Conversations with Bill continued as I immersed myself in archives, interviews, and rehearsals of The Good Person of New Haven. I pondered the dynamics of “goodness” and the tensions of representing the New Haven community to Long Wharf’s out-of-town subscriber base. I wondered about the double role of the engaged critic who also makes community-based performance. As a scholar, I felt called upon to question and contextualize. As a practitioner oriented toward critical generosity, I shared my less cynical responses to evoke what New Haven community actor Brian Olivieri referred to as “the beauty and dignity and passion” of the process, as well as its gaps and contradictions (qtd. in Collins-Hughes F7.)

While these articles and my reviews of OSF seasons emerged from (and often inspired) exchanges with Bill, we occasionally archived the conversations themselves. In 2003, we spoke together at the University of Minnesota on the topic of the “Artist and Scholar in Conversation” (later published in Theater). In 2011, we publicly conversed following Bill’s keynote at the Mid-American Theatre Conference. At this later convening, Bill spoke of several Cornerstone principles such as inclusion, noting that I had been getting him to look harder at that word. He also spoke of the impact of our dialogue: “I think differently about the work that I do because of questions that you ask me” (“Keeping Company”).

At the same time, I pushed against the smoothness of certain repeated Cornerstone anecdotes. I poked at the parts of stories left out (success stories that omitted jail time; the staff and community members who left or didn’t make it through a tour). And Bill in turn worried about the stories he no longer remembers to question. We spoke of the hard moments where intolerance could no longer be tolerated and the values of productive dissent and rupture. We grappled with the complexity of audience development, Bill acknowledging that “[t]here are times that I walk into a show [at OSF] and I feel like my lungs are collapsing a little bit by the lack of diversity” (“Keeping Company”). Although we also spoke of then OSF staff member Freda Casillas’s extraordinary audience development manifesto. Over a year, Casillas worked with OSF leadership to develop a statement around audience diversity and inclusion. As Bill noted in our MATC conversation, “It’s a document that’s used to help hold my feet to the fire, which I love. Even when I hate it, I love it.”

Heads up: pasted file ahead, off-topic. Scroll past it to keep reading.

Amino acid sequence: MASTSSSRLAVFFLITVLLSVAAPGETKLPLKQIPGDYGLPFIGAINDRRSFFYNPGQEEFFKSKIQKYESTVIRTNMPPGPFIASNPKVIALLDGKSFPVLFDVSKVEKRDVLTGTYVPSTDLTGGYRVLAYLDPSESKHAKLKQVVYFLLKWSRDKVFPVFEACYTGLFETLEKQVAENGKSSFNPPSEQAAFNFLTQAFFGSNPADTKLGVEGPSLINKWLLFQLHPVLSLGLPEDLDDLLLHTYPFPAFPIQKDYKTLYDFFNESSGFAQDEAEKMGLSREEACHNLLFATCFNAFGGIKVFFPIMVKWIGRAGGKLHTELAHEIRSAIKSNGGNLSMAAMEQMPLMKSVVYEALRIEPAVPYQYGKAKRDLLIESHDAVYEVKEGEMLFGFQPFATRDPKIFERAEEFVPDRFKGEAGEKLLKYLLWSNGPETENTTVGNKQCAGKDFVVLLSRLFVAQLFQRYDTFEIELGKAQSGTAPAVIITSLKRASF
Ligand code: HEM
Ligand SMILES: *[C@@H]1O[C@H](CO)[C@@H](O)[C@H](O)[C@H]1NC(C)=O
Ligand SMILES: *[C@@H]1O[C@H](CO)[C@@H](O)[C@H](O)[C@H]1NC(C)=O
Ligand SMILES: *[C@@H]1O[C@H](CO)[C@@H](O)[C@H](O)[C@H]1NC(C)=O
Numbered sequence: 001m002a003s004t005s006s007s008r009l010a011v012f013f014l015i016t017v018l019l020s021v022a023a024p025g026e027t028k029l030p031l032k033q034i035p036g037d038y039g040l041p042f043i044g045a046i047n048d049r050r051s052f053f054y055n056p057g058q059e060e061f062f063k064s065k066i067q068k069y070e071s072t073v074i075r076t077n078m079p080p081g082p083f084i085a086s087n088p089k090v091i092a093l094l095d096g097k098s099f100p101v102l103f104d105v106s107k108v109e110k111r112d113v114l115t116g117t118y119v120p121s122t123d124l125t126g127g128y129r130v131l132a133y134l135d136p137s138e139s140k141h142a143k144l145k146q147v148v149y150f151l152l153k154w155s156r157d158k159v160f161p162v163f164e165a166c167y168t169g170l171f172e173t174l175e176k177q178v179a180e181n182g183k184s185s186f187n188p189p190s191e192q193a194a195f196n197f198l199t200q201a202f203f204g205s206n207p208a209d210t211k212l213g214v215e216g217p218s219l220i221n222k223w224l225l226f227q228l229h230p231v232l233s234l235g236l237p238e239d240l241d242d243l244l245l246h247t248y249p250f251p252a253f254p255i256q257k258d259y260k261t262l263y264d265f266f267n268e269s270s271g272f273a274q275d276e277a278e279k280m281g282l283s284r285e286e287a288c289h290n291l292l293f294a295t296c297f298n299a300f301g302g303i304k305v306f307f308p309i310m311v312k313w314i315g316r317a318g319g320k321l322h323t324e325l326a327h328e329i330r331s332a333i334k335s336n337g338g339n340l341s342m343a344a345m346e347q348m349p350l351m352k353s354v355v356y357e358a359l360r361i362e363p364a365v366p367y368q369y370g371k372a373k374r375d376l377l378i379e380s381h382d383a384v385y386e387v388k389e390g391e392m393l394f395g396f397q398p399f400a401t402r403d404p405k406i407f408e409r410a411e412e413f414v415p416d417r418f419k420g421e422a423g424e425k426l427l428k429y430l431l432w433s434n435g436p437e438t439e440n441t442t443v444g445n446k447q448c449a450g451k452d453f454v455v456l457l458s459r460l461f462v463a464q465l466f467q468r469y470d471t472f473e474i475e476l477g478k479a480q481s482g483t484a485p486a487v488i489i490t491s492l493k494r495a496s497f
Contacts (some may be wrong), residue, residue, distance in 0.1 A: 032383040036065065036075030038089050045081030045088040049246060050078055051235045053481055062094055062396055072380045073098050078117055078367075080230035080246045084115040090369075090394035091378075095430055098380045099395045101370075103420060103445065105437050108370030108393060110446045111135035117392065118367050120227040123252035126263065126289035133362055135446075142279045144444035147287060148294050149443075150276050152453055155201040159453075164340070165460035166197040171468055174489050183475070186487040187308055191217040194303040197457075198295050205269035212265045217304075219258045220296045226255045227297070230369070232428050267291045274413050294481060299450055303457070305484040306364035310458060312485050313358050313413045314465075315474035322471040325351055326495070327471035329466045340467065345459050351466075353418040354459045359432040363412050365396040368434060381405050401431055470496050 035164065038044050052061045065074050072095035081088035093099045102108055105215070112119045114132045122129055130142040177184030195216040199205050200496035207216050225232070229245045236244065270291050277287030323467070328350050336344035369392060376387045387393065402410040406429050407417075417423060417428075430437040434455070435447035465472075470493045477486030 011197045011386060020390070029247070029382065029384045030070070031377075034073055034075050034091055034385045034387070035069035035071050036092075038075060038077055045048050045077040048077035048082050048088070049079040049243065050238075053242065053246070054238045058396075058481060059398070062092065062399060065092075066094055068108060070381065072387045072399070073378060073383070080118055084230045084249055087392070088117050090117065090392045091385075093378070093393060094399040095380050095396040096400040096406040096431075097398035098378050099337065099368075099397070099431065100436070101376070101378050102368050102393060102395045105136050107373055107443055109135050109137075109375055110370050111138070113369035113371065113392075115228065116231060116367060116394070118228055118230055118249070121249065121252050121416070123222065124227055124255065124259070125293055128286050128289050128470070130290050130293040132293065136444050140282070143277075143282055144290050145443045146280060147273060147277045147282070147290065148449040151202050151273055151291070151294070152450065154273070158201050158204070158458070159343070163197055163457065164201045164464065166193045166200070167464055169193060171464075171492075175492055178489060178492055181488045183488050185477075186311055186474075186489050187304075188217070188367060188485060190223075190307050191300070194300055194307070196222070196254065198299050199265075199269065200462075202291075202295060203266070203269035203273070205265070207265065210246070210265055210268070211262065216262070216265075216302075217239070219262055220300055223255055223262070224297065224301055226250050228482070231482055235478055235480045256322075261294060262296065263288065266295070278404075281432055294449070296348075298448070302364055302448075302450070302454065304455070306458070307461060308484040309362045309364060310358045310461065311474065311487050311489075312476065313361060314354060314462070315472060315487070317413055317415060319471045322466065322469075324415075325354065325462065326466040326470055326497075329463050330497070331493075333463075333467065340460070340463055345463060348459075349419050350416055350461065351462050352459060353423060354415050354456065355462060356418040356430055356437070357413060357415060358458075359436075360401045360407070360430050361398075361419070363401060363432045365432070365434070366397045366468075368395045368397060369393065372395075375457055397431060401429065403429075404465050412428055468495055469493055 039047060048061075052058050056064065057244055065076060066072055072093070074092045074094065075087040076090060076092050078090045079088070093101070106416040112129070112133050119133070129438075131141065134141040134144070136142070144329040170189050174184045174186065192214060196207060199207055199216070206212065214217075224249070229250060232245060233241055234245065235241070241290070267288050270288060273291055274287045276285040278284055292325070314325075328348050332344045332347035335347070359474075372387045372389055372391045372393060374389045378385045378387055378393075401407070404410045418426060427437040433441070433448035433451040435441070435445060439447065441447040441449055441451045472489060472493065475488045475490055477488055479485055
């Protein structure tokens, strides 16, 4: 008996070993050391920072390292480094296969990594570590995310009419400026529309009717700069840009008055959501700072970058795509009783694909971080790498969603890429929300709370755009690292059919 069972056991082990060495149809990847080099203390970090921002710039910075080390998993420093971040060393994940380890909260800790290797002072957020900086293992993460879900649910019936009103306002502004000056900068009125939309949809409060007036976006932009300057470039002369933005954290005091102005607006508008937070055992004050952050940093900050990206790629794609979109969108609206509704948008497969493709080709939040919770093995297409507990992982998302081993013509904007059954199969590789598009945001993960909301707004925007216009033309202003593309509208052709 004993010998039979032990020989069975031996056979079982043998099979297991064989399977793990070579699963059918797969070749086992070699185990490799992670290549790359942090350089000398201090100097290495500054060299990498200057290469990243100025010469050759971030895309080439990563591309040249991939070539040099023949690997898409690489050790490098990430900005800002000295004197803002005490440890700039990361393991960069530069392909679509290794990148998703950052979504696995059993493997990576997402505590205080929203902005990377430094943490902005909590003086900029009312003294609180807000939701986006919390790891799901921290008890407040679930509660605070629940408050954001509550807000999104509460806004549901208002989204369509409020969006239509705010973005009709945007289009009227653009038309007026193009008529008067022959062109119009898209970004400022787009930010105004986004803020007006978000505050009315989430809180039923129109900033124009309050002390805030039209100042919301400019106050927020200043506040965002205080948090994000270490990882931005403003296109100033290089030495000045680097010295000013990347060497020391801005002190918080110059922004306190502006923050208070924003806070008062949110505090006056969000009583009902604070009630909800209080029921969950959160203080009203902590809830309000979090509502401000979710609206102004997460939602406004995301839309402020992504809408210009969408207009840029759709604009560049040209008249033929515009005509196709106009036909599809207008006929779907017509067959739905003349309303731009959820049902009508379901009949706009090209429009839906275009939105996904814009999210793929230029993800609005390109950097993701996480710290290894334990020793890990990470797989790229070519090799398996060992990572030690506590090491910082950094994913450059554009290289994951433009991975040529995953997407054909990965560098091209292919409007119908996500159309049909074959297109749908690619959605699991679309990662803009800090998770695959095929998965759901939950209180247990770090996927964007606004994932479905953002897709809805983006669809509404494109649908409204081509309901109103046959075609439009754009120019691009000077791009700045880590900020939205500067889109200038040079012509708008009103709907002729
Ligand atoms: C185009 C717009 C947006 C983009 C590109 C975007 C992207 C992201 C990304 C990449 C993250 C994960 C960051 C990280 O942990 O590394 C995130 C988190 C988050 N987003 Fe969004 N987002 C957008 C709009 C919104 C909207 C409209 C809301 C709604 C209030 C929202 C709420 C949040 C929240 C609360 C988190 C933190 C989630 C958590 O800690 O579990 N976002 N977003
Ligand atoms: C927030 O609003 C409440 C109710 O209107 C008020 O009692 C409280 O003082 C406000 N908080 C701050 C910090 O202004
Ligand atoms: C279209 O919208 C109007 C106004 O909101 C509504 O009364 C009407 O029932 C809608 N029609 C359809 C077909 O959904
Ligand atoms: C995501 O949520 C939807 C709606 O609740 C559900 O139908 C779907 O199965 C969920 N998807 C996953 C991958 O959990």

Outside of those conversations with Bill, I had others that further deepened the dynamics of audience development. At the 2013 ATHE conference I co-organized, keynote speaker Luis Alfaro spoke of his work at OSF encouraging Latinx audiences to attend the theatre via off-campus conversations in laundromats and an on-campus taco truck. Director and Penumbra Theatre founding artistic director Lou Bellamy spoke with me and Stephanie Lein Walseth of the potentials and pitfalls of partnering with OSF: whether a predominantly white institution was willing to accept an African American theatre’s role as expert. Speaking of Rauch, Bellamy observed, “He’s got an egalitarian sense of social justice, [but] he is still wielding the big stick in this collaboration. These institutions are equal in value, but not necessarily in money or amount of work” (“Eyes Wide Open”). OSF has intentionally shifted a number of representational dynamics over the course of Rauch’s tenure as artistic director. Designers, directors, and leadership have shifted to include a wider array of women and artists of color. And as Rauch notes in his ATHE keynote, OSF’s acting company transformed from 22 percent actors of color in 2007 to over 70 percent actors of color today. At the same time, the company has been careful to assess whether they are the best theatre for some culturally specific work, given their still predominantly white (and fiercely loyal) audience base.

In writing of Bill’s artistry with Cornerstone and OSF, I frequently draw upon the notion of colliding truths—an idea that the ATHE keynote picks up on in Bill’s invitation to “embrace the hard conversations,” as well as his citation of Robbie McCauley’s call to make art that can “house the contradictions.” In navigating these conversations and collisions, Bill insists on the continuous activation of community. This activation includes individual conversations with OSF’s acting company, personal emails to disgruntled audience members ranting about the perils of inclusion, even taking reviewers to lunch to discuss their critiques. (Backstage West editor Rob Kendt ended up in a Cornerstone production after such a lunch.) In conversation with Bill Rauch for over twenty-five years, I have learned to hold complexities with him as well as to navigate my own blind spots. Input from others in Cornerstone, Watts, New Haven, and Ashland has also kept me humble about the limits of my knowledge and alive to the impact of theatre on individuals and audiences.